Career Development Center
Build Your Talent Pipeline Through Internship
Steps to Success
As an employer, internships can serve several purposes that benefit your organization. A well designed and implemented internship program can provide you with a pipeline of future employees, staff to complete special projects or assist during peak seasons, fresh and creative perspectives on challenges and opportunities your organization encounters, and a cost effective way to evaluate potential full-time employers with no long-term commitment. They can also serve as ambassadors of your organization to other students on campus, increasing students’ “brand awareness” of your company.
There are several keys to success of any internship program. Follow these recommendations and you’ll find a great return on your investment in your internship program.
- Determine the needs of your organization and the goals of your internship program. Having the end in mind will increase the likelihood of program success.
- Obtain by-in at all levels of your organization. From top leadership, to the HR Department, to the intern supervisors and the staff
that will be interacting with the intern, all need to be committed to goals and the
success of the program.
- Develop a position description for each internship role. In addition to the job description and qualifications, also indicate the skills
and knowledge to be developed through the internship. Keep in mind, no internship
should consist of more than 20% clerical work (or grunt work, busy work, or what ever
you might call it). It's best if the intern has a project to complete that is of
real value to the organization. Upon completion of the project, an internship best
practice to have the student conduct a presentation for the organization's leadership
about that project and its results as part of the intern's culminating experience.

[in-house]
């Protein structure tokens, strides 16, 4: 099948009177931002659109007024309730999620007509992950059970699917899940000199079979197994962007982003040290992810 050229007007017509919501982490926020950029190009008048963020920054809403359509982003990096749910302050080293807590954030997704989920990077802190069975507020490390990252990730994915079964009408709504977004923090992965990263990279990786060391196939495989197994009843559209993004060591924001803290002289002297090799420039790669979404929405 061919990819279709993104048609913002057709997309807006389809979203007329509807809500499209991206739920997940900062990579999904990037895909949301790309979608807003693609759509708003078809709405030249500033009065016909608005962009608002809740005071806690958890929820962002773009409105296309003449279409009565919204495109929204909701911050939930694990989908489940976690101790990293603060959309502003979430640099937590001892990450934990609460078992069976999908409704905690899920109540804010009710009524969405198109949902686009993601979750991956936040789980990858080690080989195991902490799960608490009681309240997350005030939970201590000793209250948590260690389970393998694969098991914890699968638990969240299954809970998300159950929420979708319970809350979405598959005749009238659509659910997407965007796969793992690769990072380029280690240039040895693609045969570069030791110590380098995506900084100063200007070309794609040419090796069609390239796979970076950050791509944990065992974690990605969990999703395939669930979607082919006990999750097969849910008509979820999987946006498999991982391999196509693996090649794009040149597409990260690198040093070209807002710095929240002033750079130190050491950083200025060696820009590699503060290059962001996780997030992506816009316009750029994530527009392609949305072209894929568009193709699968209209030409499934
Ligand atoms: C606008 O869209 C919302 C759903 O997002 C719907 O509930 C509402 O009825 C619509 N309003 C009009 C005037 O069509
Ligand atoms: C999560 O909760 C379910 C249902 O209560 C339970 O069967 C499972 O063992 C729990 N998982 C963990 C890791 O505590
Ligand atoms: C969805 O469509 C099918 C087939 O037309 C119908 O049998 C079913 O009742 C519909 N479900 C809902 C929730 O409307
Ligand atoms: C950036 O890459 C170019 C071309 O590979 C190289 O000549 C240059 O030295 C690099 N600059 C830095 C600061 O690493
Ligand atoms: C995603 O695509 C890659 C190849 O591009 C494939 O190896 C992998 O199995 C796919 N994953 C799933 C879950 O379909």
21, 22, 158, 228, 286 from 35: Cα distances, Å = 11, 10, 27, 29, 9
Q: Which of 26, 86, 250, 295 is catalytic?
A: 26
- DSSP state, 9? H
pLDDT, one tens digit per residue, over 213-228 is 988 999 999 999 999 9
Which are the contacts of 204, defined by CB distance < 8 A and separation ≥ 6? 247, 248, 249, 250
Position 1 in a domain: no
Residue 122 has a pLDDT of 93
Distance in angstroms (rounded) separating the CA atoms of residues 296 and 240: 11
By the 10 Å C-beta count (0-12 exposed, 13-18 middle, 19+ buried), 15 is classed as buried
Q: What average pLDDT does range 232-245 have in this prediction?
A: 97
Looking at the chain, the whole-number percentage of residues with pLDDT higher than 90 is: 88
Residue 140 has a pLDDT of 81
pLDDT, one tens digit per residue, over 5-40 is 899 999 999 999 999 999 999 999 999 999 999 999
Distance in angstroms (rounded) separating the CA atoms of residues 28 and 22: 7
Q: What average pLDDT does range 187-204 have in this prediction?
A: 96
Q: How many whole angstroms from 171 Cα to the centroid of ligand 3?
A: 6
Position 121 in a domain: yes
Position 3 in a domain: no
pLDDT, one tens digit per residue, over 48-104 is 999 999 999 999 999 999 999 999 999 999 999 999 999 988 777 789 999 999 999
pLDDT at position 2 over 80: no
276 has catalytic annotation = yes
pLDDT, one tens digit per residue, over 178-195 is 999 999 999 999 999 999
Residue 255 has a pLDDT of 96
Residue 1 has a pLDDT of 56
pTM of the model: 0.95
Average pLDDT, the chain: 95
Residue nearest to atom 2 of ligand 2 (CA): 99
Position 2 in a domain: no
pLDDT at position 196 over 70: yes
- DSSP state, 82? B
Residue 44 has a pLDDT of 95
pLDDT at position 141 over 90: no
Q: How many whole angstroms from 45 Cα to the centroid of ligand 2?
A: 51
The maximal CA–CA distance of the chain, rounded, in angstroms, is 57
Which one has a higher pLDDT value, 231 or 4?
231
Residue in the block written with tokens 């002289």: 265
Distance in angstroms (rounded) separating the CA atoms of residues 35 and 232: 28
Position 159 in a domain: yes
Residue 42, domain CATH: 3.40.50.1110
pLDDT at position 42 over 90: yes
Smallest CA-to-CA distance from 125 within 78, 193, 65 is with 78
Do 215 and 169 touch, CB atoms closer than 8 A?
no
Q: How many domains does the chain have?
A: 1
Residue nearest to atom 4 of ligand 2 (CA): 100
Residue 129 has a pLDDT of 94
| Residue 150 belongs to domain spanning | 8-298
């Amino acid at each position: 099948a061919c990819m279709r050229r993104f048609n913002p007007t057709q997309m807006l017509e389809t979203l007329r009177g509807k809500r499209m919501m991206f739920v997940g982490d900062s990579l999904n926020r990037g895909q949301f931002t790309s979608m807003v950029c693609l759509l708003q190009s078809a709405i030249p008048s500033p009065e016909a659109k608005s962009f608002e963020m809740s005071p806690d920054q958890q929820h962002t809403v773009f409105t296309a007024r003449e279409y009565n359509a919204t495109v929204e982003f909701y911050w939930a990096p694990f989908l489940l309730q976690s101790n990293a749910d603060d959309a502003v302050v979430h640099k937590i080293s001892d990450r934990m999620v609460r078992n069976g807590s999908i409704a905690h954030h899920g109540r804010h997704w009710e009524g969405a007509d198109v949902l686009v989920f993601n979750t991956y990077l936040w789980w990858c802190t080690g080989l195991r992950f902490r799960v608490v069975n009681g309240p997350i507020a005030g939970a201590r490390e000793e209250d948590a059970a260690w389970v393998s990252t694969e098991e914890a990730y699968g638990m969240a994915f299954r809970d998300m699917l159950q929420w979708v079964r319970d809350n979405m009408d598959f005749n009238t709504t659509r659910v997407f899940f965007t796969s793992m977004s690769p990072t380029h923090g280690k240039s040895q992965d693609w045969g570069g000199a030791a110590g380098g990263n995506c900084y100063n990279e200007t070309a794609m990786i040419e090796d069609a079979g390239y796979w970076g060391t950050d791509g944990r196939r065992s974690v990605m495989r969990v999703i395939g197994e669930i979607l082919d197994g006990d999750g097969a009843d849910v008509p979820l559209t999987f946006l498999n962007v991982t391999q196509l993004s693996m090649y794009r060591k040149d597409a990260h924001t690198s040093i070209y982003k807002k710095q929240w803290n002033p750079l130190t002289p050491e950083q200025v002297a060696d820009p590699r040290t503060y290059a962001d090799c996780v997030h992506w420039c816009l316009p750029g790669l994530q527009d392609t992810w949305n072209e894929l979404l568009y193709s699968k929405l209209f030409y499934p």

- Determine a compensation plan for student interns. - Internships can be paid or unpaid. However, to offer an unpaid internship, you
must follow the Department of Labor’s (DOL) requirements pursuant to the Fair Labor
Standards Act. The DOL has developed a fact sheet for employers regarding the requirements
needed to justify an internship being unpaid. This fact sheet can be found at http://www.dol.gov/whd/regs/compliance/whdfs71.pdf.
For-profit organizations offering unpaid internships, in addition to meeting the requirements of the Fair Labor Standards Act, must ensure that the student is enrolled in an appropriate academic internship course. The student can only serve at the internship site for the number of hours required by the course. No additional hours can be "volunteered" at a for-profit organization.
- Identify Internship Managers and Mentors. - The internship manager may simply be the manager in the department where the intern
is assigned. However, if there is more than one individual who could serve in this
capacity, the best equipped person would be someone who is interested in developing
new employees, can identify potential in inexperienced employees, has the time to
spend with the intern to provide adequate supervision and evaluation, and understands
the importance of the internship program in recruiting and retaining new employees.
While the internship manager can serve as a mentor to the intern, it would be ideal to have another individual serve as a mentor. This person can serve as resource to the intern as she or he navigates your organization’s culture. A mentor provides the intern with guidance and a safe place to process the internship experience. Ideally, the mentor would be someone who has been out of college less than five years, works in the same department as the intern, is familiar with the intern’s projects and day-to-day tasks, and has time and interest in serving as a mentor.